But at 5.30pm Anila’s brother came running towards her, trembling.
Anila says: ‘He touched my arm and said: ‘Come, we have found Maheer’. But he was shaking. I could tell on his face it wasn’t good. I asked him if he was ok. But he repeated the same: ‘Come, you need to come.’ But I didn’t move. I kept asking him if my son was ok. And eventually he told me. He told me my son was dead.’
Anila later found out that Maheer had in fact been one of the first ones killed in the auditorium shooting in the morning.
His body had been taken to the hospital soon after but no one had identified him, until her brother had recognised him.
He touched my arm and said: ‘Come, we have found Maheer
Anila adds: ‘When I saw him lying in the hospital he had a tag on his foot with 19 written on it. Apparently, he was the 19th child to have been killed that day. And all the while I had been waiting and hoping.
‘I cried and sobbed at his feet when I saw him. Nothing can prepare you for losing a child. I waved my son off to school – somewhere you think is safe – but I never saw him alive again. It’s something I still cannot accept. It’s absolutely tragic that my son was killed in the exact place where he was trying to better his future.’
Seven gunmen, disguised in uniforms of the Pakistani paramilitary force, entered the school from the back after having scaled the walls.
The terrorists, bearing automatic weapons, headed straight for the auditorium located in the centre of the school’s complex and opened fire on the children who had gathered there for First aid training, which included Maheer.
Reports said many of the pupils in the auditorium ran towards the two exits on the other side of the hall, but many of them were gunned down in the garden.
A total of 141 people had been killed in the shootings, including 132 schoolchildren aged between eight and eighteen years old.
Maheer’s funeral took place the following day on December 17th but Anila cannot remember the day.
She says: ‘I couldn’t see or do anything for days. I was a wreck. I was pregnant and I had my other children but I couldn’t come over the shock. All I could see was my son in his school uniform.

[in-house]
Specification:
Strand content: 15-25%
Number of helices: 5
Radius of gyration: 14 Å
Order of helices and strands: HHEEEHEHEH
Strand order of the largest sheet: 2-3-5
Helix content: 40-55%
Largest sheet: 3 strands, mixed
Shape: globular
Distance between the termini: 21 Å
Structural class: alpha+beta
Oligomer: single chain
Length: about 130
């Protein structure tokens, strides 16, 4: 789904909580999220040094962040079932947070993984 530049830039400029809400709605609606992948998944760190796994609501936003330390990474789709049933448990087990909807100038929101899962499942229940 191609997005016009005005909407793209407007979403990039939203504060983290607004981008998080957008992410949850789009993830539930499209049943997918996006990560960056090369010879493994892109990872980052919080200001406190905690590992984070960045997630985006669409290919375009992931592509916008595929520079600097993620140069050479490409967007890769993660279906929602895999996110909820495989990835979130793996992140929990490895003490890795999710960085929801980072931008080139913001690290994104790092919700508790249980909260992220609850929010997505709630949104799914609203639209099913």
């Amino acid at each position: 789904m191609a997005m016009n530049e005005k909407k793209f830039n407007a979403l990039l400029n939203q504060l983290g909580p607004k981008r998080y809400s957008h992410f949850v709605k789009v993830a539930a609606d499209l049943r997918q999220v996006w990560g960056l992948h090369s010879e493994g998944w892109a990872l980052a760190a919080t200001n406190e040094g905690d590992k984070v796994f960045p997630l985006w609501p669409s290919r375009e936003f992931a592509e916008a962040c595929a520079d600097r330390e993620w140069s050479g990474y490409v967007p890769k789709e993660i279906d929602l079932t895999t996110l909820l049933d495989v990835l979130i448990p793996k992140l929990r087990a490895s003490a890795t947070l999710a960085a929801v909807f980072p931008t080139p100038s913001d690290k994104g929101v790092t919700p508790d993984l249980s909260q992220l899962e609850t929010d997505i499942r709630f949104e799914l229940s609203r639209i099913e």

‘He wanted to be a scientist and experiment with software engineering. He often told me he would take me to meet Bill Gates one day. He had dreams, he had things he wanted to do with his life.’
In May this year, Anila gave birth to a new son, Zuraiz, just five months after her oldest son was killed.
‘We’ve been blessed with another son, I look at him and see Maheer,’ Anila says. ‘But it breaks my heart that they never met. It pains me to think Maheer never met his little brother and Zuraiz will never know his proud big brother.
He often told me he would take me to meet Bill Gates one day. He had dreams, he had things he wanted to do with his life
‘On hard days I look at my baby and try to see the positives in life. But I cannot understand what happened.
‘Thankfully my children are very close to one another. My two eldest have grieved for their brother, and have suffered. But because of that day I am very protective of them now. I am very careful about where they go and what they do. I am not at peace until they are back home with me. Even their school is not safe now.’
Anila and Rizwan have since received 500,000 Pakistan Rupees (£3,200) by the provincial Government of Khyber Pakhtunkhwa as compensation of Maheer’s death. The family has also been presented with a Medal of Honour and a Certificate of Honour by Pakistan Chief of Army Staff.
But Anila cannot come to terms with the pointless way in which her son was killed by terrorists.
Earlier this month, on December 2, the Pakistan Government hung the four militants involved in the Peshawar school massacre.
But terrorist attacks continue.
‘May Allah put these men on the right path,’ she says. ‘I read the Quran and I am a good Muslim. I want those responsible for my son’s death and those still killing punished. This cannot continue and I cannot believe that these people think they’re Muslim. These people are not Muslim if they can attack people, our children. I cannot understand, why? Why do they do this?’